Videoconferencing enabled people to participate from multiple locations in Coconino, Yavapai and Yuma counties, and from places such as Clifton, Holbrook and Winslow.
The website also offered members of the public opportunities to fill out an online comment form; look at proposed maps; sign up to receive meeting notices and news releases; and view transcripts and videos from past meetings and hearings.
In the realm of social media, 229 people “liked” the commission’s Facebook page (www.facebook.com/azredistricting) and 258 followed its Twitter feed (@AZredistricting).
Additional Public Outreach Community outreach representatives sent redistricting information to libraries, colleges, school districts, local governments, chambers of commerce, community groups and minority organizations.
The commission also participated in an Oct. 18 news briefing organized by New America Media, a collaboration of more than 5,000 ethnic media across the country. Vice Chairman José M. Herrera took part in a panel discussion at the event, which drew journalists serving the Latino, Native-American, Chinese and Filipino communities, among others.
Herrera also contributed an article about the importance of redistricting to the November 2011 issue of Latino Perspectives magazine.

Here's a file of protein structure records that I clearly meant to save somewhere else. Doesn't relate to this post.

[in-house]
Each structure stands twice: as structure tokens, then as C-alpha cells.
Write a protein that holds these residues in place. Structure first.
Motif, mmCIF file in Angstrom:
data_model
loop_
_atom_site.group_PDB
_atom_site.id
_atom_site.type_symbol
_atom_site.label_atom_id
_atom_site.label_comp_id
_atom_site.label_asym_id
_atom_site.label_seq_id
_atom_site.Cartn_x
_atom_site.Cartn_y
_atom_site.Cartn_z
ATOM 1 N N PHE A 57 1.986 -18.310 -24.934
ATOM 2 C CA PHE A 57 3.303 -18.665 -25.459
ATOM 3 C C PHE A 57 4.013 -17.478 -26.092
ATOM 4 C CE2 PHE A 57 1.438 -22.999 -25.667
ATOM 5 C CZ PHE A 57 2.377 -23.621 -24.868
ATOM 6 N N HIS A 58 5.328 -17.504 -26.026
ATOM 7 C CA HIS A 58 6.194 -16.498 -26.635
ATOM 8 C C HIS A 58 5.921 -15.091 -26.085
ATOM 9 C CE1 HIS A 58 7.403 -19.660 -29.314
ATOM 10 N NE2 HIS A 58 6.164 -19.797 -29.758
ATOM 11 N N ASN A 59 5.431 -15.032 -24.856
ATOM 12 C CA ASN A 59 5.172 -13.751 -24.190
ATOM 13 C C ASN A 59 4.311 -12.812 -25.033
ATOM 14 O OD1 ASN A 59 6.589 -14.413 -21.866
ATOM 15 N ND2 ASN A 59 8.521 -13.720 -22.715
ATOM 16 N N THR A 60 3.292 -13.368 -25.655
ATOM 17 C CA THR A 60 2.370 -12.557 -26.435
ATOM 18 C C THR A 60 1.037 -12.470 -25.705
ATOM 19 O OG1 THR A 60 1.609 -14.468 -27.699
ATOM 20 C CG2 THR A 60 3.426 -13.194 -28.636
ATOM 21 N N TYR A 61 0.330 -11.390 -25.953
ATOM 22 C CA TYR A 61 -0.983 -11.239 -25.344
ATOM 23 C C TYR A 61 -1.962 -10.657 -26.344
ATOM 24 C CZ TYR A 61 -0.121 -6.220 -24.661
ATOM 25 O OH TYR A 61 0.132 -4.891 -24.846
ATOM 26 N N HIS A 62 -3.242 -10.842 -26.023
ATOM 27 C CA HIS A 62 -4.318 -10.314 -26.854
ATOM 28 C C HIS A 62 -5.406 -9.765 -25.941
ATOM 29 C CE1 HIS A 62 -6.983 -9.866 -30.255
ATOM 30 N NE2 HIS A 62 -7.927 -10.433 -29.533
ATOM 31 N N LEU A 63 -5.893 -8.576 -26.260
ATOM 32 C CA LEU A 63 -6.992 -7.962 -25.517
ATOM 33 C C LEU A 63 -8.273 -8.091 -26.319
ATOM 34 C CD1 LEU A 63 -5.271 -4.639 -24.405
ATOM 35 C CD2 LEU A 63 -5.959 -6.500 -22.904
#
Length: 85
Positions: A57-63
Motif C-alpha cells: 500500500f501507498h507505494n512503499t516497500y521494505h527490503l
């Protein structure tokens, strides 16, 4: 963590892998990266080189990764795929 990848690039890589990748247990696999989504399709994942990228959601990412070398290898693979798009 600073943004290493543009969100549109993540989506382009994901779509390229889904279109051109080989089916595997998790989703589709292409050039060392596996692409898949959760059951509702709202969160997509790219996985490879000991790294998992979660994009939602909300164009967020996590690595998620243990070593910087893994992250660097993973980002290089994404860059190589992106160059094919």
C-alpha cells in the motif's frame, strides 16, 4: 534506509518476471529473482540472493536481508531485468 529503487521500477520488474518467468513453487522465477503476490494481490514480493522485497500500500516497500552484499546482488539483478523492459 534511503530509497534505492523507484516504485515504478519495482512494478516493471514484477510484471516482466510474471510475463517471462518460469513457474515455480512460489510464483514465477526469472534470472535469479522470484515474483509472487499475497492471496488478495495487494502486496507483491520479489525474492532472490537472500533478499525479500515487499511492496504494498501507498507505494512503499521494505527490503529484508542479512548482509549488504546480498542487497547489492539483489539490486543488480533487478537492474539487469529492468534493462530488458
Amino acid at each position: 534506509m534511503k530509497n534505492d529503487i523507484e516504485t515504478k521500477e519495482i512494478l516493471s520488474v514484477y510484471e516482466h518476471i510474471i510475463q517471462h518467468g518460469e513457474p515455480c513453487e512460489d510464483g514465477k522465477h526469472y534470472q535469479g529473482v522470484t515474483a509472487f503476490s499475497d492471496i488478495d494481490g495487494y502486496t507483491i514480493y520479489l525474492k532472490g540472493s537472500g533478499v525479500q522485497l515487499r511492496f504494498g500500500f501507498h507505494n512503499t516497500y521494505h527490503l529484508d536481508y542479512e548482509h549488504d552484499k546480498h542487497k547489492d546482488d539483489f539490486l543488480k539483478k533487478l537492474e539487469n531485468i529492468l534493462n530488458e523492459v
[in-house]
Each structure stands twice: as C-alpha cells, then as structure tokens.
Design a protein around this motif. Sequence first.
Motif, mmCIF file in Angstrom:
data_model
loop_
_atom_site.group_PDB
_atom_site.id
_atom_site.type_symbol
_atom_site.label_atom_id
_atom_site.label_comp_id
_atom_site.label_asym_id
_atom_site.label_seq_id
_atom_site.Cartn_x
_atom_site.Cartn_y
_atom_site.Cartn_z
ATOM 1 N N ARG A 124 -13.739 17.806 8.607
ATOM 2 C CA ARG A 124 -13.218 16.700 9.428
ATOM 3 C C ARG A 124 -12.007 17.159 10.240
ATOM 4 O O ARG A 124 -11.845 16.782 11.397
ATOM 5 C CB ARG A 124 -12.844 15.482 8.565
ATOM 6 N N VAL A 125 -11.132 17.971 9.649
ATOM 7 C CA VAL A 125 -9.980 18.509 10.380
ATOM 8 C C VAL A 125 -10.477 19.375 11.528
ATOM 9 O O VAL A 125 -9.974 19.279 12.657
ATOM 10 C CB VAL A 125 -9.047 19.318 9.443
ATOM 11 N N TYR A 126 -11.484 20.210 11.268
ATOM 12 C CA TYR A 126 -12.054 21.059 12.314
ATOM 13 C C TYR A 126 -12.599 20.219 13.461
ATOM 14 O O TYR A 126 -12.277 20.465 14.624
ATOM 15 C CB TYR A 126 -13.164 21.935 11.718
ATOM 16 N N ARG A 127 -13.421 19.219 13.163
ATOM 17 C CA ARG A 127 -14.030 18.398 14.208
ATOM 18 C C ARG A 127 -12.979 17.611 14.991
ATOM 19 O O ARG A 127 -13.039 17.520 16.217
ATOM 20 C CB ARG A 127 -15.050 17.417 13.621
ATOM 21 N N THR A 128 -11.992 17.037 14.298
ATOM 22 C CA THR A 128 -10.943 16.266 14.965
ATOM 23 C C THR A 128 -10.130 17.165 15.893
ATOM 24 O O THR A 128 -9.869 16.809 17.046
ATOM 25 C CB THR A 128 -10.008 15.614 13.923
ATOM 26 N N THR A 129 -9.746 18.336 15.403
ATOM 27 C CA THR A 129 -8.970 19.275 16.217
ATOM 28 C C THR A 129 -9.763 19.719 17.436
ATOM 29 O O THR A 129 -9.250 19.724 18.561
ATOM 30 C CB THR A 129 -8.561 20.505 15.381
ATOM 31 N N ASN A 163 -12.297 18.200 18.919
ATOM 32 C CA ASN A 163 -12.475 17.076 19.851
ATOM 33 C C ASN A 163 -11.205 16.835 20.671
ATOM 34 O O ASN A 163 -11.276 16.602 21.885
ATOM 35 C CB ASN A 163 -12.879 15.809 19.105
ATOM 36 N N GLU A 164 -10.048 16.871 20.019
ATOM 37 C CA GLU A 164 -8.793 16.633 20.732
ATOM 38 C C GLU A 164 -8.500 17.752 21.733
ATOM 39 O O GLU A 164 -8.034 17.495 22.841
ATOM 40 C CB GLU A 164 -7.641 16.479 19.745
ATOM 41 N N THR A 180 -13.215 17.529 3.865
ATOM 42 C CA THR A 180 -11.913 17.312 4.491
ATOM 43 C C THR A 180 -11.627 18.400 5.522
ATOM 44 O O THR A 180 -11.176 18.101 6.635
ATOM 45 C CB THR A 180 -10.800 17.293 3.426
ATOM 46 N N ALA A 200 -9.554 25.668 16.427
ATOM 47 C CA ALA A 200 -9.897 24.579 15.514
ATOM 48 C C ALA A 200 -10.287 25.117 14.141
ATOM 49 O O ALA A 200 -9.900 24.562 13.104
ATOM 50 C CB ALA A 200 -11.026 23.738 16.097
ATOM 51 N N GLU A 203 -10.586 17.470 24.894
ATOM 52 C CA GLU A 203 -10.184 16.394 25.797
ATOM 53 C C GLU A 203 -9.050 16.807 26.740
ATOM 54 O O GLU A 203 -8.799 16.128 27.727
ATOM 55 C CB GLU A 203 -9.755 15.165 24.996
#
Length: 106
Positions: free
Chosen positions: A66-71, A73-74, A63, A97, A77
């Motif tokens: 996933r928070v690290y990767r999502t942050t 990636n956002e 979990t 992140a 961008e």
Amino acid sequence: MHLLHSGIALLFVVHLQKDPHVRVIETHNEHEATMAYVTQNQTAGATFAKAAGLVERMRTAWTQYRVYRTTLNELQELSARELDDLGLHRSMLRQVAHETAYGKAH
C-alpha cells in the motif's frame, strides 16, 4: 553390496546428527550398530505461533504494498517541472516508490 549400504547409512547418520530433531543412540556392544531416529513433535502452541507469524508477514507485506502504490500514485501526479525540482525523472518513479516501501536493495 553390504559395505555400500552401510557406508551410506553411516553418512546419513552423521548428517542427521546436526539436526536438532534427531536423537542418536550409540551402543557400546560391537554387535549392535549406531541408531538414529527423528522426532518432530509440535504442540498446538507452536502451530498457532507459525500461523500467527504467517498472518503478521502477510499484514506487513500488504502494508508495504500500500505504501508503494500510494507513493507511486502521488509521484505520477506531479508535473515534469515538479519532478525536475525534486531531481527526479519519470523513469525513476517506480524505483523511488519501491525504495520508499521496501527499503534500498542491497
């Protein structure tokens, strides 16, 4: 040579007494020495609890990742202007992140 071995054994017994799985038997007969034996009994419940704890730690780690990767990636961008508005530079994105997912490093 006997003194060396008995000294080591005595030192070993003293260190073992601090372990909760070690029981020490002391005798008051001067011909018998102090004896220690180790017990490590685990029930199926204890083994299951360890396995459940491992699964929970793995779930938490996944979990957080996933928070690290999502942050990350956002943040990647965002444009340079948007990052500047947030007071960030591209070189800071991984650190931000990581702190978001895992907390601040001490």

The public information officer worked with print and broadcast journalists from all over Arizona, as well as a few from New York and Washington, encouraging them to cover redistricting and answering their questions throughout the process. Various commissioners, the executive director and commission attorneys found the time to be interviewed on television programs such as KTVK-Channel 3’s Politics Unplugged, Arizona Public Media’s Arizona Illustrated and KAET-Channel 8’s Horizon.
- During the two rounds of public hearings, the commission held nine sessions on Indian reservations: four in the Navajo Nation, two in the White Mountain Apache Nation, two in the Tohono O’odham Nation and one in the San Carlos Apache Nation.
- The most frequent venue for business meetings was the Fiesta Resort Conference Center in Tempe, which hosted 23.
- Among the interest groups and local governments submitting proposed maps were the Hispanic Coalition for Good Government, the cities of Flagstaff and Scottsdale, Greater Arizona Success, the Navajo Nation, the Pinal County Governmental Alliance, the AZ Minority Coalition and the Eastern Arizona Counties Association.
- Average time viewers watched webcasts at azredistricting.org: 36 minutes, six seconds.
- The second most common Internet provider used by website visitors, behind Cox Communications, was the U.S. House of Representatives.
- The ZIP codes from which the most people signed up to receive the commission’s newsletter were 85006 in central Phoenix, 85929 in Lakeside and 85358 in Wickenburg.
- The website’s Maps page was its most popular, followed by the Meeting Info page.
- Traffic on the website peaked in early October, when the commission adopted draft maps, and in mid-December, when it adopted tentative final maps.